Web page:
In search of gene variants that might play a role in the severe illness, the team analyzed patient genome data for more than 8.5 million so-called single-nucleotide polymorphisms, or SNPs. The vast majority of these single “letter” nucleotide substitutions found all across the genome are of no health significance, but they can help to pinpoint the locations of gene variants that turn up more often in association with particular traits or conditions—in this case, COVID-19-related respiratory failure. To find them, the researchers compared SNPs in people with severe COVID-19 to those in more than 1,200 healthy blood donors from the same population groups.

The analysis identified two places that turned up significantly more often in the individuals with severe COVID-19 than in the healthy folks. One of them is found on chromosome 3 and covers a cluster of six genes with potentially relevant functions. For instance, this portion of the genome encodes a transporter protein known to interact with angiotensin converting enzyme 2 (ACE2), the surface receptor that allows the novel coronavirus that causes COVID-19, SARS-CoV-2, to bind to and infect human cells. It also encodes a collection of chemokine receptors, which play a role in the immune response in the airways of our lungs.

The other association signal popped up on chromosome 9, right over the area of the genome that determines blood type. Whether you are classified as an A, B, AB, or O blood type, depends on how your genes instruct your blood cells to produce (or not produce) a certain set of proteins. The researchers did find evidence suggesting a relationship between blood type and COVID-19 risk. They noted that this area also includes a genetic variant associated with increased levels of interleukin-6, which plays a role in inflammation and may have implications for COVID-19 as well.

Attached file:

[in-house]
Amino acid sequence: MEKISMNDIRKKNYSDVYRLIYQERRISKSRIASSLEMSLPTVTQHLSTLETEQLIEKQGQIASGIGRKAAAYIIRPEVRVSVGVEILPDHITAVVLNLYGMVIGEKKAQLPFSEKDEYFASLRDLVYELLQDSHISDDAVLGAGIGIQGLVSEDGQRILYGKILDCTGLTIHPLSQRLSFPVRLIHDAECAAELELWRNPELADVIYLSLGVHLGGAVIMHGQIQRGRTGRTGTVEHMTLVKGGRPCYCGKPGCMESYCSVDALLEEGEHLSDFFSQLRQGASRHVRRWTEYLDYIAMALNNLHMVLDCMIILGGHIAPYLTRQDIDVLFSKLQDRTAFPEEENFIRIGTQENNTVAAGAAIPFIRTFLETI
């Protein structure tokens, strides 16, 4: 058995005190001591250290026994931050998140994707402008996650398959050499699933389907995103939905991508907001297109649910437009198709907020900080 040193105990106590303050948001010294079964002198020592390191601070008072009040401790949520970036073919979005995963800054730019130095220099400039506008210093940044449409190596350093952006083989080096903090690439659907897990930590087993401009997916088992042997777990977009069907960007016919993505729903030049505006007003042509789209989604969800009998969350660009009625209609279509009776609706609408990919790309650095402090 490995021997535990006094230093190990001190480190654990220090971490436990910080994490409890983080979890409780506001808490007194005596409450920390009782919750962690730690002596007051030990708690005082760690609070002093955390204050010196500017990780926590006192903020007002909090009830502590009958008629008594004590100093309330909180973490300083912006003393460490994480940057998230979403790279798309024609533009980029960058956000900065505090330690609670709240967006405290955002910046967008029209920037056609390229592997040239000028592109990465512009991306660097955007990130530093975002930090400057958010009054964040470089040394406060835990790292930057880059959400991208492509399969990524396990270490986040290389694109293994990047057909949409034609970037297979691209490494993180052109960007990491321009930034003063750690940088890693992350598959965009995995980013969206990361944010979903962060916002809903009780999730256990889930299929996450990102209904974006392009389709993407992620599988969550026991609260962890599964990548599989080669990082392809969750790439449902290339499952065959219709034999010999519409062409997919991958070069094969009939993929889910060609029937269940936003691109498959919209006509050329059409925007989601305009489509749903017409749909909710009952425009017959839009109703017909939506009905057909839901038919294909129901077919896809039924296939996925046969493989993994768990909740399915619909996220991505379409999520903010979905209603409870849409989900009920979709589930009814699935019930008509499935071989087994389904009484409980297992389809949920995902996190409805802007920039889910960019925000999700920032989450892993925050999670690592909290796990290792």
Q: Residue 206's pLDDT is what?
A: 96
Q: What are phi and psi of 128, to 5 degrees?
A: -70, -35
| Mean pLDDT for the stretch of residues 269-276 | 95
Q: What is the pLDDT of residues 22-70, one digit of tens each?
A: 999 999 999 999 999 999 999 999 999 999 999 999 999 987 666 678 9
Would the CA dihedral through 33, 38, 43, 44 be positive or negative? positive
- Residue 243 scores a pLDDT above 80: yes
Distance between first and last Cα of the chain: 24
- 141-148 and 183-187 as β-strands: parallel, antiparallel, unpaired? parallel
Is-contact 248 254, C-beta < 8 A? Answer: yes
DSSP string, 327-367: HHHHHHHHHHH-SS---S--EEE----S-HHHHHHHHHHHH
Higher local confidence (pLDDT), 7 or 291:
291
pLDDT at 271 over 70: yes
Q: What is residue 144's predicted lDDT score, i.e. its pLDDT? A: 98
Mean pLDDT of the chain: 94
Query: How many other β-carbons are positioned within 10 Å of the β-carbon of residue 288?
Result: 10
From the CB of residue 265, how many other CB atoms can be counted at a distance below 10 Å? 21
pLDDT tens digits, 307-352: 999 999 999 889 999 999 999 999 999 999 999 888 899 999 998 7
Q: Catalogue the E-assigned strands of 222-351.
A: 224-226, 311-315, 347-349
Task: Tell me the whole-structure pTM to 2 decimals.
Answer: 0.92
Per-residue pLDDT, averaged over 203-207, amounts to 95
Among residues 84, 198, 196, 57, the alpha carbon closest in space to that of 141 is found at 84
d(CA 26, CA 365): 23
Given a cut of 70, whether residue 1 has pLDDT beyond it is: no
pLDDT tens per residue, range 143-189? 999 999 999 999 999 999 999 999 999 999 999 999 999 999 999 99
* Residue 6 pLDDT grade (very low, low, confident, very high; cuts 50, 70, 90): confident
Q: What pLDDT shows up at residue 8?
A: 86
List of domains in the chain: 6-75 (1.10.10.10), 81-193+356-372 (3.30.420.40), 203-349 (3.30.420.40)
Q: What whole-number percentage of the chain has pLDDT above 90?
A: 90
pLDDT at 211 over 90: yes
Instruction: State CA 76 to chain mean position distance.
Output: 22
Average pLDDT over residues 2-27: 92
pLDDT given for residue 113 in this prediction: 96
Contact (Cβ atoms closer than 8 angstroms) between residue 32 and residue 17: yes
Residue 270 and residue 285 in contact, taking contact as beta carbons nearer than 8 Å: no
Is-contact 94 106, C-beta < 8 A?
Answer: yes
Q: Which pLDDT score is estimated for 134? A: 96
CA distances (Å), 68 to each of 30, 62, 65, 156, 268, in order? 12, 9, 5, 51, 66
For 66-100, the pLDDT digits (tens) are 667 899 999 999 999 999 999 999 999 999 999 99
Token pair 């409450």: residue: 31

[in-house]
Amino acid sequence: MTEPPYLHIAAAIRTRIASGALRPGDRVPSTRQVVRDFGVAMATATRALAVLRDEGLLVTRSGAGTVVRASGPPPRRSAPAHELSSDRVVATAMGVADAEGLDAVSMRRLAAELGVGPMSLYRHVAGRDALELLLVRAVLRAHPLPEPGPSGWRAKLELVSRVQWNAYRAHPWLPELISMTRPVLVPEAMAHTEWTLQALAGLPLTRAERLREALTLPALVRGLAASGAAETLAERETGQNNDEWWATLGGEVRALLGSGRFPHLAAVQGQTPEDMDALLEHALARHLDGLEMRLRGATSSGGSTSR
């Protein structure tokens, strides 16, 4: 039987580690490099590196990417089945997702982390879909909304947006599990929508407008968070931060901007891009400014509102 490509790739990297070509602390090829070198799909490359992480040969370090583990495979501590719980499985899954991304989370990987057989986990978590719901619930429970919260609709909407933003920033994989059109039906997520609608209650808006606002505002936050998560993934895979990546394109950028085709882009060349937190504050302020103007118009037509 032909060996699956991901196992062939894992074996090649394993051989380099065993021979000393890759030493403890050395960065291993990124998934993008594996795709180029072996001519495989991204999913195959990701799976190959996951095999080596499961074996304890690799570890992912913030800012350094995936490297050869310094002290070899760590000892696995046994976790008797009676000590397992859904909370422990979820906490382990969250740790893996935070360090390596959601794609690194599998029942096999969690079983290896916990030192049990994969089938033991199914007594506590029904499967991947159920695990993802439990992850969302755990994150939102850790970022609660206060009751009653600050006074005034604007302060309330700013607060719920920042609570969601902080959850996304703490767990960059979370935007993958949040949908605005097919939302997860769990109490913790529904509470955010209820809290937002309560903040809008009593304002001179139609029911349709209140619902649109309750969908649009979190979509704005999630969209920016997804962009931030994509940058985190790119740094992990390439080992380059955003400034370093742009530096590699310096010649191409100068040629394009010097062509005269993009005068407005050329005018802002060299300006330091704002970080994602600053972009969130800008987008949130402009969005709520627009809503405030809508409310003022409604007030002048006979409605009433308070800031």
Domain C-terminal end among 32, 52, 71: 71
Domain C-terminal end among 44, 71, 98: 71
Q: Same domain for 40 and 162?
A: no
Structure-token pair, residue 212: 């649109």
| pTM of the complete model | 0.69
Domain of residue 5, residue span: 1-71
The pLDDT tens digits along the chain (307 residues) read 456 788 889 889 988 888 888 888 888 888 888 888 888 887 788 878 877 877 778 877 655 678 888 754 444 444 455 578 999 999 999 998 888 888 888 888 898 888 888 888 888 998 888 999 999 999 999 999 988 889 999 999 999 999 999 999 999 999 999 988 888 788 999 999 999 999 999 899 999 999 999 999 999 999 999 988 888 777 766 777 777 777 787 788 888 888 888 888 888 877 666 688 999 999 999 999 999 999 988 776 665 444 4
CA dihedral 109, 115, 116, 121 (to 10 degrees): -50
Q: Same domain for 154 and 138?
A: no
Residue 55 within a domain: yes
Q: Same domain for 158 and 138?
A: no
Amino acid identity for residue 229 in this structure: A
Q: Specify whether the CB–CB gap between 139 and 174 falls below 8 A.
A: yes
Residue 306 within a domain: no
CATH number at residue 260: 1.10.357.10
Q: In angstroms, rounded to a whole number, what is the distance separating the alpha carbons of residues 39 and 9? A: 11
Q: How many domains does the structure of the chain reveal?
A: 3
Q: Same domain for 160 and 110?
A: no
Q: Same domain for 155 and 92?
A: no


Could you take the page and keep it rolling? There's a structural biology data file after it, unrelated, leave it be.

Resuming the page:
These findings, completed in two months under very difficult clinical conditions, clearly warrant further study to understand the implications more fully. Indeed, Franke, Karlsen, and many of their colleagues are part of the COVID-19 Host Genetics Initiative, an ongoing international collaborative effort to learn the genetic determinants of COVID-19 susceptibility, severity, and outcomes. Some NIH research groups are taking part in the initiative, and they recently launched a study to look for informative gene variants in 5,000 COVID-19 patients in the United States and Canada.